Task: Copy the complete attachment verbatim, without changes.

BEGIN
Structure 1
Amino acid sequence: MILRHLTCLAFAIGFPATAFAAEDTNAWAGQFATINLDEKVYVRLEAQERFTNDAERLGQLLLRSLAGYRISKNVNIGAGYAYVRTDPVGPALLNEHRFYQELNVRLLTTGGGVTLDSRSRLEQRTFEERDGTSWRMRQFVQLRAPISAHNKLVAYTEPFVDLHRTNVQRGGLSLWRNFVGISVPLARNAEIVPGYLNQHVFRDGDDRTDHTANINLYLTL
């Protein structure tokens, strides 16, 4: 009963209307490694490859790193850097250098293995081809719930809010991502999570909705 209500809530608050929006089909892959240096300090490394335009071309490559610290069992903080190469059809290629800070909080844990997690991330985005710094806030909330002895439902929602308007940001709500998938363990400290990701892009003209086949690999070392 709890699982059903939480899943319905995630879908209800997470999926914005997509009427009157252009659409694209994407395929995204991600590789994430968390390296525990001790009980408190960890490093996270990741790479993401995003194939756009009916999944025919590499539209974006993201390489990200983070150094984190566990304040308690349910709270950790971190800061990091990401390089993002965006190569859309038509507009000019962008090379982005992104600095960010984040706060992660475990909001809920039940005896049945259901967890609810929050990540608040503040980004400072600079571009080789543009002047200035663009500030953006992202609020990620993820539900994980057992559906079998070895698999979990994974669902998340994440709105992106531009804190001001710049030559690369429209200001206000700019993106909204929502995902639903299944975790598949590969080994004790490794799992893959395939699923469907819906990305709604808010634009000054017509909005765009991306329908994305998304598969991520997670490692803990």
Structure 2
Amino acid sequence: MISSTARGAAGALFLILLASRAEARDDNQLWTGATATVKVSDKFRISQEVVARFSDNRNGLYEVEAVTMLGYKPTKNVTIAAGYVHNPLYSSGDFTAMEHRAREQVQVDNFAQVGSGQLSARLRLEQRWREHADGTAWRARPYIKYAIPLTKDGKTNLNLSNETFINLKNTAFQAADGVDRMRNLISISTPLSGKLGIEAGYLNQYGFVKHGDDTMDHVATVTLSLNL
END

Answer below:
Structure 1
Amino acid sequence: MILRHLTCLAFAIGFPATAFAAEDTNAWAGQFATINLDEKVYVRLEAQERFTNDAERLGQLLLRSLAGYRISKNVNIGAGYAYVRTDPVGPALLNEHRFYQELNVRLLTTGGGVTLDSRSRLEQRTFEERDGTSWRMRQFVQLRAPISAHNKLVAYTEPFVDLHRTNVQRGGLSLWRNFVGISVPLARNAEIVPGYLNQHVFRDGDDRTDHTANINLYLTL
């Protein structure tokens, strides 16, 4: 009963209307490694490859790193850097250098293995081809719930809010991502999570909705 209500809530608050929006089909892959240096300090490394335009071309490559610290069992903080190469059809290629800070909080844990997690991330985005710094806030909330002895439902929602308007940001709500998938363990400290990701892009003209086949690999070392 709890699982059903939480899943319905995630879908209800997470999926914005997509009427009157252009659409694209994407395929995204991600590789994430968390390296525990001790009980408190960890490093996270990741790479993401995003194939756009009916999944025919590499539209974006993201390489990200983070150094984190566990304040308690349910709270950790971190800061990091990401390089993002965006190569859309038509507009000019962008090379982005992104600095960010984040706060992660475990909001809920039940005896049945259901967890609810929050990540608040503040980004400072600079571009080789543009002047200035663009500030953006992202609020990620993820539900994980057992559906079998070895698999979990994974669902998340994440709105992106531009804190001001710049030559690369429209200001206000700019993106909204929502995902639903299944975790598949590969080994004790490794799992893959395939699923469907819906990305709604808010634009000054017509909005765009991306329908994305998304598969991520997670490692803990």
Structure 2
Amino acid sequence: MISSTARGAAGALFLILLASRAEARDDNQLWTGATATVKVSDKFRISQEVVARFSDNRNGLYEVEAVTMLGYKPTKNVTIAAGYVHNPLYSSGDFTAMEHRAREQVQVDNFAQVGSGQLSARLRLEQRWREHADGTAWRARPYIKYAIPLTKDGKTNLNLSNETFINLKNTAFQAADGVDRMRNLISISTPLSGKLGIEAGYLNQYGFVKHGDDTMDHVATVTLSLNL